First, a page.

11

The below code is working fine for Firefox browser. But, not chrome. What is the issue in below code ?

window.onload = function()
{
   document.body.onscroll =  Test.callFn;
}

var Test = new function()
{
   this.callFn = function()
   {
      console.log("Calling this function");
   }
}

Thanks

1
  • 1
    What is your body's overflow property set to?
    – Tom Bird
    Mar 28, 2014 at 1:22

7 Answers 7

10

I had similar problem today. You can change document.body to window:

window.onload = function()
{
   window.onscroll = function()
   {
      console.log("Calling this function");
   }
}

I noticed that in chrome onscroll event is working when body element has onscroll attribute, but in IE it's working when html element has onscroll attribute, so it's the best to assign onscroll event listener to window object.

PS. if you want to check how many pixels you scrolled - use window.pageYOffset instead of document.body.scrollTop (the same situation with chrome and IE as described above).

6

You don't want the () when you're assigning callFn as the onscroll handler.
You don't want to execute the function, you want to assign a reference to it.

In addition, onscroll for an entire document seems to work better cross-browser on the window object, rather than document or document.body.

window.onscroll = Test.callFn;
1
  • Hi, sorry for my typo. Initially, i have called the function that above format. But it does not working for only chrome. Jun 10, 2013 at 4:49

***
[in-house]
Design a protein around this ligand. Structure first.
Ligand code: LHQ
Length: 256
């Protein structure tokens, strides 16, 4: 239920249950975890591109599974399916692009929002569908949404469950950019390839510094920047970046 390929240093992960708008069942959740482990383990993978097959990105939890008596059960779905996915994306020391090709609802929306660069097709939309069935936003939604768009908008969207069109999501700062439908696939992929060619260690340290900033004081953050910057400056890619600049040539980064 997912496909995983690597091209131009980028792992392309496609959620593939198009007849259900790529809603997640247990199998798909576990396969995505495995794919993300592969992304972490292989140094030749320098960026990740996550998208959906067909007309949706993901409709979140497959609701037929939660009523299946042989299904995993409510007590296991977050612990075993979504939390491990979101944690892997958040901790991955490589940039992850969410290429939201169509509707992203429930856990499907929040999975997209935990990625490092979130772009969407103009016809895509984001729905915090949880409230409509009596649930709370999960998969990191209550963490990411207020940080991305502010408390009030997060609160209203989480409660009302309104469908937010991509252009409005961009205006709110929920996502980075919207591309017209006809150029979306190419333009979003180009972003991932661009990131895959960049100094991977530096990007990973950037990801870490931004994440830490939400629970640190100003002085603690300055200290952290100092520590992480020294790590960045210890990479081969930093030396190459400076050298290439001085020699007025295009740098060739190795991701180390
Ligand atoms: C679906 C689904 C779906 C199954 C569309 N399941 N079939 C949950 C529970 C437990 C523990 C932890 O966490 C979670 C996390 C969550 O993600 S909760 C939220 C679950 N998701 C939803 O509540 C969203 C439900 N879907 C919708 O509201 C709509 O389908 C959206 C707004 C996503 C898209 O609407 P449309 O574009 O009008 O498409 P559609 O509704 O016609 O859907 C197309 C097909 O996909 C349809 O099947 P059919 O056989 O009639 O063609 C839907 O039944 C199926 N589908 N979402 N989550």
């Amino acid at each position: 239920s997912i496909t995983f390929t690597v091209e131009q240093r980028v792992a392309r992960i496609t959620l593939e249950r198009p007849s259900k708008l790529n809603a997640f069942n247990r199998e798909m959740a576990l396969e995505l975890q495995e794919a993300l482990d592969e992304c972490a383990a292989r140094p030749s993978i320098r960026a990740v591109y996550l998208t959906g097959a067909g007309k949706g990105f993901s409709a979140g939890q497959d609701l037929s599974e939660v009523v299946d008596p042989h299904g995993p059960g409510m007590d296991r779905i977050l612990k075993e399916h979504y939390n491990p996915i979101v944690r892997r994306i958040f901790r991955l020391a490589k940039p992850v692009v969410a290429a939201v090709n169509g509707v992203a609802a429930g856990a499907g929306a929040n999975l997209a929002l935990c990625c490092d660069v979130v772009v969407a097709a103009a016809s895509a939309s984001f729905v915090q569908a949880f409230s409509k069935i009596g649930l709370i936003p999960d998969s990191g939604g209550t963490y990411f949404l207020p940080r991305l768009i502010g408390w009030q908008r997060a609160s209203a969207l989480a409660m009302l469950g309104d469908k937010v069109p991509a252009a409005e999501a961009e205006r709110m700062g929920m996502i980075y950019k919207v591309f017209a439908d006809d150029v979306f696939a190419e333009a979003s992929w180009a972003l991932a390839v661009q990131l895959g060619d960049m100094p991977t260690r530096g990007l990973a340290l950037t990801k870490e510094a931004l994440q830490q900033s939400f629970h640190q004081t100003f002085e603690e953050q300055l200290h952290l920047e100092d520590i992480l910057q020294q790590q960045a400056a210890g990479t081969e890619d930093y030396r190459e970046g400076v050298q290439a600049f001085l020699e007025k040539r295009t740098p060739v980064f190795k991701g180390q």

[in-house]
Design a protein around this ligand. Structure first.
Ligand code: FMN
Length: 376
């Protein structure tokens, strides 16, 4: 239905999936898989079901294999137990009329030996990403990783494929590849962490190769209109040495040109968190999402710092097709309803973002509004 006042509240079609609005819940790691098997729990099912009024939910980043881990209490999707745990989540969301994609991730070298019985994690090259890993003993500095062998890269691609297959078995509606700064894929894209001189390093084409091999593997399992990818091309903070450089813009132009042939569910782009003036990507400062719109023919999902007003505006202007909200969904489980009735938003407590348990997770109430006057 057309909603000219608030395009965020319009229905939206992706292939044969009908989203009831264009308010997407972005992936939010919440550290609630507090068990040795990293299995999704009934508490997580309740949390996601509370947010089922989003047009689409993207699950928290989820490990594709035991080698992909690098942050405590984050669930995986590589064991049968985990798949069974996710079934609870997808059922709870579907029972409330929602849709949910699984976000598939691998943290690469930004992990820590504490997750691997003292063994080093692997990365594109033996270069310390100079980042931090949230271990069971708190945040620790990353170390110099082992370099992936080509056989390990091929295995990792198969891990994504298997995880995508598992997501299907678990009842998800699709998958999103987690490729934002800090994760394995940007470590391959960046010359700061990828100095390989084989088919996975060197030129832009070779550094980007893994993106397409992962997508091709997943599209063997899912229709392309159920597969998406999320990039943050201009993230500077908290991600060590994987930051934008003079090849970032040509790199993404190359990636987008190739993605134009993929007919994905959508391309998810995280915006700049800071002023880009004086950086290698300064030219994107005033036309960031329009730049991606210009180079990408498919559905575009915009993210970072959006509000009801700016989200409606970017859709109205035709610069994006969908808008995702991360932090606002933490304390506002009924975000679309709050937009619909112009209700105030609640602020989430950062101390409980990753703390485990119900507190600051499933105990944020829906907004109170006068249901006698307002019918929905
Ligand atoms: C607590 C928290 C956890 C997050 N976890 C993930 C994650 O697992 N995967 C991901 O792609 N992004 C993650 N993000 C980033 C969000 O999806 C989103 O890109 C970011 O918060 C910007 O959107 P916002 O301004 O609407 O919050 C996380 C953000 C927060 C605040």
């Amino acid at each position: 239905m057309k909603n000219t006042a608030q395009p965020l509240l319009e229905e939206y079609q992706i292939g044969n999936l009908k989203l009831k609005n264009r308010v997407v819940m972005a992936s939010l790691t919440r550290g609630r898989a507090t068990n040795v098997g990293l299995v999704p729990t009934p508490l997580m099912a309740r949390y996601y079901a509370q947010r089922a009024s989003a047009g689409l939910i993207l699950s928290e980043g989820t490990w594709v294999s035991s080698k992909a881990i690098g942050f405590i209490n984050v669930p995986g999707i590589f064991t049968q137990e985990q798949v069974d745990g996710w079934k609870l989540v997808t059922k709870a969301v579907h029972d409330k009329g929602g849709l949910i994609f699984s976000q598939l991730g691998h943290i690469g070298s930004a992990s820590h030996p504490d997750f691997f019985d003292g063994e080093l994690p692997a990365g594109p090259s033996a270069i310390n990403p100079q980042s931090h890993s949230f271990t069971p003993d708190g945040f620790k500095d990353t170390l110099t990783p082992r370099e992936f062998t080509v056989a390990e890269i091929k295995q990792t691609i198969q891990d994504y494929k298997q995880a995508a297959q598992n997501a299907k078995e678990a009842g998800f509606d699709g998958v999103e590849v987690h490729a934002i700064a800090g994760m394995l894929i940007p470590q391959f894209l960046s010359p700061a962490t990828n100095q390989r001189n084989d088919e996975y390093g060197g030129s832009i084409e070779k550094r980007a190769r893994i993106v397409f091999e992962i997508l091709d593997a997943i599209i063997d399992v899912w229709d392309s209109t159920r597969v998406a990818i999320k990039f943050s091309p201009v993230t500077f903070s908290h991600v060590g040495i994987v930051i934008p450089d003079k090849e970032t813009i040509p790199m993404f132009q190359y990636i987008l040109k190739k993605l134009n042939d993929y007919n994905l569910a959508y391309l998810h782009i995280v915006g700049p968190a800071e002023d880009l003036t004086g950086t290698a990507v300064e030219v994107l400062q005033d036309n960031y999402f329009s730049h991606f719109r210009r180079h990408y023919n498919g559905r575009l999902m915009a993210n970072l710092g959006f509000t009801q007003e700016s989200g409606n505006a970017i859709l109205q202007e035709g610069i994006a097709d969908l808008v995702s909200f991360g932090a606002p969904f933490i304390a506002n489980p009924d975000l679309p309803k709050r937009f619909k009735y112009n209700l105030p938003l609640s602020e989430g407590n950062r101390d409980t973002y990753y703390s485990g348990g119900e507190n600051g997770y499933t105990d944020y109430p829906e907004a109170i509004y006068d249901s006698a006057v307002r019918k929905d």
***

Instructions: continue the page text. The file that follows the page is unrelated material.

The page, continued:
6

I had the same issue and it was because I had overflow-x: hidden assigned to the body. Removing this fixed the problem.

0
5

window.onscroll does not work at times when you style an element using theheight property of css.

try using min-height or max-height instead.

1
  • I had height: 100vh for a div in a top level layout file. Changed it to min-height: 100vh and the scroll event starts firing in Chrome! :)
    – Ashok
    Jun 23, 2020 at 3:34
4

One of the possibility is there are two window.onscroll statements on your page that each statement calling different JS method. Check the included files and all the methods that are in the page loading.

1
  • Thanks for your Great mention :)
    – MD Ashik
    Apr 12, 2019 at 20:13
4

This might also happen when the height of html and body tags is set to 100% and the scroll event does not fire for window nor document. To check which element is scrolled I slightly modified Aaron Mason's snippet which wasn't working for me either:

document.querySelectorAll('*').forEach(function(elem) {
    elem.addEventListener('scroll', function() {
        console.log(this);
    });
}); 
1

In Chrome, it works if you attach the event handler to the document.onscroll event:

document.onscroll = function() { console.log('Works in Chrome!'); };

4
  • It works in Chrome. Open a new tab (CTRL+T), open the developer tools (SHIFT+CTRL+I), copy/paste the code snippet above, and scroll the window: you will see "Works in Chrome!" appearing in the console.
    – J. Bruni
    Jul 3, 2014 at 17:01
  • 4
    You can't be serious. It simply does work in Chrome.
    – J. Bruni
    Dec 6, 2014 at 18:58
  • Doesn't work for me in Chrome 63.0.3239.108. I even tried setting the onscroll for every single element and got nothing: document.querySelectorAll('*').forEach(function(elem){elem.onscroll=function(){console.log(this);};}); Jan 2, 2018 at 2:59
  • Well, Worked for me
    – Siraj Alam
    Apr 12, 2019 at 20:50

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